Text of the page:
Commentary: Exit from climate accord saves money, jobs - The Buffalo News

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Commentary: Exit from climate accord saves money, jobs

On June 1, President Trump withdrew the United States from the Paris Climate Accord, sending shock waves throughout the world. The president reiterated his "America First" policy, which protects our economy and the jobs of millions of American citizens.

The goal of the Paris Climate Accord is to reduce carbon emissions in each nation in the hopes of decreasing global temperatures by 1.5 degrees. For certain countries, the deal permits the increase of carbon particles, defeating the whole purpose of the bill. For example, Russia is allowed to enlarge its emissions by 50 percent, while China and India have no set limit until the year 2030.

According to the parameters of the Paris Climate Accord, China will be able to build hundreds of additional coal plants and India will have the ability to double its production by 2020. Even Europe, a liberal-leaning continent, is allowed to construct more fossil fuel plants.

However, the United States would be forced to cut production for numerous plants and factories. It would require Trump to stop any new projects from opening, eliminating more than 40,000 factories and the jobs that go with them.

The projected statistics are staggering. By the year 2025, the US would have eliminated 2.7 million jobs, including 440,000 manufacturing positions.

An article written by Senator Ted Cruz states that if the president had not exited the Paris Climate Accord, the cement, iron/steel, and petroleum industries could have seen their production cut by 21 percent, 19 percent and 11 percent, respectively.

The president has recently added that the natural gas industry’s production could have been slashed by 31 percent and the coal industry by 82 percent, leaving the U.S. at a permanent disadvantage with the rest of the world.

The United States has made significant progress on eliminating carbon emissions without government intrusion and the heavy regulations that have stunted the growth of our economy.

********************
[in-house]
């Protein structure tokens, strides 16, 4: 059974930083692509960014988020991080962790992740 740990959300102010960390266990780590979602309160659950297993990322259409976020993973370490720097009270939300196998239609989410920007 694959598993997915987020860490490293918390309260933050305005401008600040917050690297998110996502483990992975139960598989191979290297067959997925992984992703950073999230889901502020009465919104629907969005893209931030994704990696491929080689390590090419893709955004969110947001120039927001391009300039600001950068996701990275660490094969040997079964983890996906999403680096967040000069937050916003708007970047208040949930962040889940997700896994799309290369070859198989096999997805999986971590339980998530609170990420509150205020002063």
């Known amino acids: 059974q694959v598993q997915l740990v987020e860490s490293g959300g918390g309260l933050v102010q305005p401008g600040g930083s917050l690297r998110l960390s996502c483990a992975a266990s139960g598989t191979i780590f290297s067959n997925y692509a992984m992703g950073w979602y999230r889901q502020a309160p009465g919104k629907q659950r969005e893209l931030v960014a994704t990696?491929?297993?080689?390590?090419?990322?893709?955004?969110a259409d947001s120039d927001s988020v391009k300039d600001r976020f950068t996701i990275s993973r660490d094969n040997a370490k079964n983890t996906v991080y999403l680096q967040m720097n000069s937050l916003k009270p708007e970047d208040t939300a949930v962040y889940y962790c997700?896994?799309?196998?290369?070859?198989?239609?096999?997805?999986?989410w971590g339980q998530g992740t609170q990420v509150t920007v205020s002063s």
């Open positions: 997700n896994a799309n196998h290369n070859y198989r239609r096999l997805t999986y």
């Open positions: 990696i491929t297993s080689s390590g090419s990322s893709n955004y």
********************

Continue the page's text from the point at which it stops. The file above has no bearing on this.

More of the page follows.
Environmental Protection Agency Secretary Scott Pruitt proclaimed that between the years 2000 and 2014 the United States reduced carbon emissions by more than 18 percent. He explained this was done not through government mandate, but through the innovation and technology of the private sector. A hands-off approach creates vibrant ideas and allows the free market system to function as it was originally intended.

The Environmental Protection Agency’s own models reveal that if all carbon emissions located in the United States were eradicated, it would only decrease global temperatures by less than two-tenths of a degree Celsius. Overall, the Paris Climate Accord would shave a minuscule .2 degrees off warming by the year 2100 – a far cry from the 1.5 degree Fahrenheit goal it is hoping to accomplish.

According to the National Economic Research Associates, the Paris Climate Accord would have cost the United States $3 trillion in GDP and $7,000 in per capita household income by 2040, reducing American job growth and wages, thereby increasing monthly utility costs for families nationwide. Costly regulations would also need to be rolled out, ultimately wasting the taxpayers’ money on something that is currently unfixable.

As Oklahoma Sen. James Inhofe said, "It’d be very, very expensive. It’d constitute probably the largest tax increase in the history of America."

America’s exit from the climate accord removed us from any obligation to pay $3 billion to the Green Climate fund. The world’s top polluters have no part in this fund and get a free pass on payment, serving as a clear indication of how the world perceives the United States – as a country whose obligation is first to global issues rather than national interests.

Fortunately, our president’s agenda does not in any way prescribe to those perceptions. The previous administration, without Congress’ authorization, paid a total of $1 billion to the fund. By the year 2020, The Green Climate Fund would have collected $ 100 billion per year.

President Barack Obama put America in a position to be bullied and shamed into paying unnecessary amounts to the world’s agenda.

President Trump took a stand and said that he was going to keep a signature campaign promise which saved the land of the free $2 billion.

The United States has among the most abundant energy reserves on the planet, making new advancements virtually every day.

Staying in the Paris Climate Accord would have been a devastating blow to the industrial sector and the progress our country has made creating jobs this past year.

In the words of the president, "I was elected to represent the citizens of Pittsburgh, not Paris.

Julia Bauer is a sophomore at Mount St. Mary Academy.

 

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